And who made this assurance? None other than Annabelle Fuller, his mistress! She was the one who originally came up with the idea. Someone should have told the 'tart without a heart' that holding a rally on Cup Final Day was not the wisest of moves! But at least it gave her a good excuse to spend a bit of extra time 'scoring' with the UKIP leader. Watch those white lines, Annabelle!

This is what The New Statesman had to say:

On 26 March nearly half a million people descended on the capital to oppose the Government's cuts agenda and demand an alternative. Six weeks later 200 people (I'm being generous) stood on a pavement outside parliament to give a big "thumbs up" to the same policies.

To say turnout at the Rally Against Debt was low is to be very polite. It was abysmal. Don't think protest. Think long queue.

In an attempt to gloss over the low turnout, one attendee has described the event as "not bad for a Facebook flash mob". (Presumably the traditional Tory "blame it on the weather" excuse was rejected due to the unfortunately good weather.)

Hmm. A flash mob is, at least according to Wikipedia, a group of people who assemble to perform a seemingly pointless act often for the purpose of satire. A flash mob is not a publicised event with a shiny website.

The site (which hasn't been updated since a "we're trending on twitter" post on Friday afternoon) promised a "great networking opportunity", a number of "high profile guests" and "plenty to do" during the rally.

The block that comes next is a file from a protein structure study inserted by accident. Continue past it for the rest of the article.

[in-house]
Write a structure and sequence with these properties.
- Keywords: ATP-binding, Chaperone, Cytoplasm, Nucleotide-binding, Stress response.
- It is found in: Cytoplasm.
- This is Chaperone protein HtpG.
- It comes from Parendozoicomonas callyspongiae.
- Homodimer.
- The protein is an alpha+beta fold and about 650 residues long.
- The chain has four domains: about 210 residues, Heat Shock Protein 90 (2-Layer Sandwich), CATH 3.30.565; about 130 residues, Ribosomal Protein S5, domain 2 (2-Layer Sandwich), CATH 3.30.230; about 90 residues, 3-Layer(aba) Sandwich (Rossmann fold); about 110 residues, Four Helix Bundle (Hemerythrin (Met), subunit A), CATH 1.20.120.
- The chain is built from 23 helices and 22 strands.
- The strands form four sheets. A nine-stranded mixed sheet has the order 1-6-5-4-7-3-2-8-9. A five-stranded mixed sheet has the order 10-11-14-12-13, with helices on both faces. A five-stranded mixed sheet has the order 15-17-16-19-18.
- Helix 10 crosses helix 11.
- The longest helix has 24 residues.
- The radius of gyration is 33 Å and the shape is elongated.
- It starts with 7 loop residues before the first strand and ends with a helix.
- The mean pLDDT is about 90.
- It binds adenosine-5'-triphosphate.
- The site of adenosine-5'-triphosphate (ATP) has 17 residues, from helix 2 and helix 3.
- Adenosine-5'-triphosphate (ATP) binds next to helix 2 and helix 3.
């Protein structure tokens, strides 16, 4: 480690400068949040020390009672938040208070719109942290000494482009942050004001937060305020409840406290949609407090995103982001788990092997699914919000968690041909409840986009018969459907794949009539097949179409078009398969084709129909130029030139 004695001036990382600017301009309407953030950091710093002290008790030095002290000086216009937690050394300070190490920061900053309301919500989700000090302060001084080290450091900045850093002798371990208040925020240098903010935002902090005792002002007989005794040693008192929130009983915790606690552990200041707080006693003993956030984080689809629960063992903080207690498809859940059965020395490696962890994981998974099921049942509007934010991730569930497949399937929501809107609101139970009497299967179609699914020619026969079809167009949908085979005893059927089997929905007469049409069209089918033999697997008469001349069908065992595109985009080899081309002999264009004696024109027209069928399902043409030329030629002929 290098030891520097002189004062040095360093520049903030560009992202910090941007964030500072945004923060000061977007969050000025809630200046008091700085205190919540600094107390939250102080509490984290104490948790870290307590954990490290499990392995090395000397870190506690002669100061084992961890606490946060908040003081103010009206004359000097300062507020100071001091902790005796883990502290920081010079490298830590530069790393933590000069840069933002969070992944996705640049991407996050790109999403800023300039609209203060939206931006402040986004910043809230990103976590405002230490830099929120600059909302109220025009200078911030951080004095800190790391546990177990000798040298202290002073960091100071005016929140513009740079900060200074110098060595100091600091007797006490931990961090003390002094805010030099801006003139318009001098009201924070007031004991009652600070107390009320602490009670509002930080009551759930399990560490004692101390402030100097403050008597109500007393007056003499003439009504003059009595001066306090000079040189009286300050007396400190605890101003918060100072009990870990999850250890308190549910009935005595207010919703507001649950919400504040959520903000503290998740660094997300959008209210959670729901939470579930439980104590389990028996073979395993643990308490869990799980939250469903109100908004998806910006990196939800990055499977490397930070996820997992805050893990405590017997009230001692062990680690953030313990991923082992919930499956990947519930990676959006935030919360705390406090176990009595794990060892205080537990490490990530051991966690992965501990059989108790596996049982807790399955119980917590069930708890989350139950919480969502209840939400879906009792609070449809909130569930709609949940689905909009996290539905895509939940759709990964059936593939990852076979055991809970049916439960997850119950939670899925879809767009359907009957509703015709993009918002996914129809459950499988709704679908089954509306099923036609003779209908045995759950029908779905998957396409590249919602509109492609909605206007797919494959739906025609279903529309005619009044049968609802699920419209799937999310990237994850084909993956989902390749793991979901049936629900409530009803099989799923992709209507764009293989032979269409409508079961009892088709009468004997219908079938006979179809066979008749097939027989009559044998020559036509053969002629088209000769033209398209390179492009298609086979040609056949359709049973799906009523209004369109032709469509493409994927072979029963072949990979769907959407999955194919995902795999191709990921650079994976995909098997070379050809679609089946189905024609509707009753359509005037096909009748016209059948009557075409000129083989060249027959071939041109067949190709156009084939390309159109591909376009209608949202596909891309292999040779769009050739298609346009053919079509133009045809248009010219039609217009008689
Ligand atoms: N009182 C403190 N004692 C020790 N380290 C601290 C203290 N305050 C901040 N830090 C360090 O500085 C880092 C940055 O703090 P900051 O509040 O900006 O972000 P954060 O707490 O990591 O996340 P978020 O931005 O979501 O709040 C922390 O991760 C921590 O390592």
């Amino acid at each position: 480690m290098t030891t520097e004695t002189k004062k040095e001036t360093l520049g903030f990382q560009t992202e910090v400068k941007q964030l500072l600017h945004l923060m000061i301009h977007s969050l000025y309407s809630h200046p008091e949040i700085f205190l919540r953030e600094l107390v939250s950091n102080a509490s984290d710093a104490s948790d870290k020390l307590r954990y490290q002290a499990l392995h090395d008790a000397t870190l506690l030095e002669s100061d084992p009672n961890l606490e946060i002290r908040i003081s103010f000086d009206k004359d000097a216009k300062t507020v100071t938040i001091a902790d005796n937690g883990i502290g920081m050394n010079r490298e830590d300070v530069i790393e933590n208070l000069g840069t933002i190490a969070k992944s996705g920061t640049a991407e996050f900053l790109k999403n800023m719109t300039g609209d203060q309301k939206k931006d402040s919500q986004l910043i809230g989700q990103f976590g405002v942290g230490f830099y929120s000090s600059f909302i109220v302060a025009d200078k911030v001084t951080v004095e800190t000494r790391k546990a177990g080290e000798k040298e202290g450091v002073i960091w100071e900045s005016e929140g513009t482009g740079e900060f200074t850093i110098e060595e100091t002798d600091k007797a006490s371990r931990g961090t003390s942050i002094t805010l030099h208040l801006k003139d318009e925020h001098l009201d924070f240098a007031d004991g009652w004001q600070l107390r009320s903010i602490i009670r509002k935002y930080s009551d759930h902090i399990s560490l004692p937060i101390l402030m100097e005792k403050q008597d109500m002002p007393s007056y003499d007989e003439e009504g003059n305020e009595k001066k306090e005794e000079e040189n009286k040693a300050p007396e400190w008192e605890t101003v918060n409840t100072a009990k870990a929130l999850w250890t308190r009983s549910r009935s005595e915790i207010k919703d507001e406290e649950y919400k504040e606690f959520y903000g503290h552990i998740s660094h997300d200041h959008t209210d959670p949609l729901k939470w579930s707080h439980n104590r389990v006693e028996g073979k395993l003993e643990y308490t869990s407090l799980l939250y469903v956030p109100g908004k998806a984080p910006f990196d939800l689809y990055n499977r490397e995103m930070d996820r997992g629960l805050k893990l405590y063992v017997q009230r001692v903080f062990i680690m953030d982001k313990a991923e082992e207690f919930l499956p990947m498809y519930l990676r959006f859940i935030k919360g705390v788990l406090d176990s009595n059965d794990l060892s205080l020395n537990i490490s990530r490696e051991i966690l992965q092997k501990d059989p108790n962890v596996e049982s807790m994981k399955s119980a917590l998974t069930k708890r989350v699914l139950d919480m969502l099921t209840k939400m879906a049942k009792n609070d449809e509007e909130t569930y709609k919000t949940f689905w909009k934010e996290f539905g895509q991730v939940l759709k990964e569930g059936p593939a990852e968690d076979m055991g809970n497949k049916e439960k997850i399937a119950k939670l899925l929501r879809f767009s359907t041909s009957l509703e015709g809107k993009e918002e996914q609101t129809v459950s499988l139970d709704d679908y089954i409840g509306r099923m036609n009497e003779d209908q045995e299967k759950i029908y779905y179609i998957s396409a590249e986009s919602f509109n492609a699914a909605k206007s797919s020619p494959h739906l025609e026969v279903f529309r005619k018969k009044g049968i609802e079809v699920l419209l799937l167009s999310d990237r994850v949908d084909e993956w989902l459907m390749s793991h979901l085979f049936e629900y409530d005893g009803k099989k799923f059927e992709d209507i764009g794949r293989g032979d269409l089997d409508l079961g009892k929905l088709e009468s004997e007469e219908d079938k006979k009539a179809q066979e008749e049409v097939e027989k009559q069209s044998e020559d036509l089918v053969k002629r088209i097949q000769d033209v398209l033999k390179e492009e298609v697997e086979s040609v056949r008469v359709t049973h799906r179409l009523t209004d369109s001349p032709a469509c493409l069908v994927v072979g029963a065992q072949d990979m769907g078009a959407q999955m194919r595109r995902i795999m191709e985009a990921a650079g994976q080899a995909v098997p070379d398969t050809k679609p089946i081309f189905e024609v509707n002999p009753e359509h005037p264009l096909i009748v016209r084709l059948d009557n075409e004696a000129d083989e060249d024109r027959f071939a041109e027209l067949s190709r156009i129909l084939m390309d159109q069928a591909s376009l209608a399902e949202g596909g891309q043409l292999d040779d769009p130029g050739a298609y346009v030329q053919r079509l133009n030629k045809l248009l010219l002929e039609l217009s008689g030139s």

Unfortunately, the low turnout (Guido Fawkes claimed 500, but it looked less than half that to me) meant that most of the attendees already seemed to know each other and while Ukip's Nigel Farage had indeed flown in for the event, "plenty to do" seemed to involve standing increasingly closer together in order to make the crowd look bigger. There were also a couple of short-lived chants and EU flag-burning for those who like that sort of thing.

Toby Young, one of the most high-profile supporters of the rally, came in for mockery when he missed it - because he took his children to an exhibition about pirates in a (publicly funded) museum.

If the March for the Alternative suggested that a cross-section of society strongly opposed the cuts being made by the Tory government, then the Rally Against Debt suggested that white, middle class, middle-aged men are opposed to taxation, don't like Europe or public services, but do like chinos, rugby shirts, looking after their own interests, and causing minor obstructions outside parliament.

The Rally Against Debt taught us nothing new. However, it did leave one big question: Why did this failure of an event generate so much news coverage?

Perhaps the snappers enjoyed the novelty of outnumbering the crowd.

To read the original: LINK

1 comment:

Greg_L-W. said...


I don't know which of you it was but who ever unchained that pun must be aware it was reeeeaaaly baaaad:

Rumours that 'Up the Duff' is set to promote a new super sports bra are entirely without foundation

Almost as bad as some of the fat finger typos and atrocious spelling on my blogs done in haste ;-)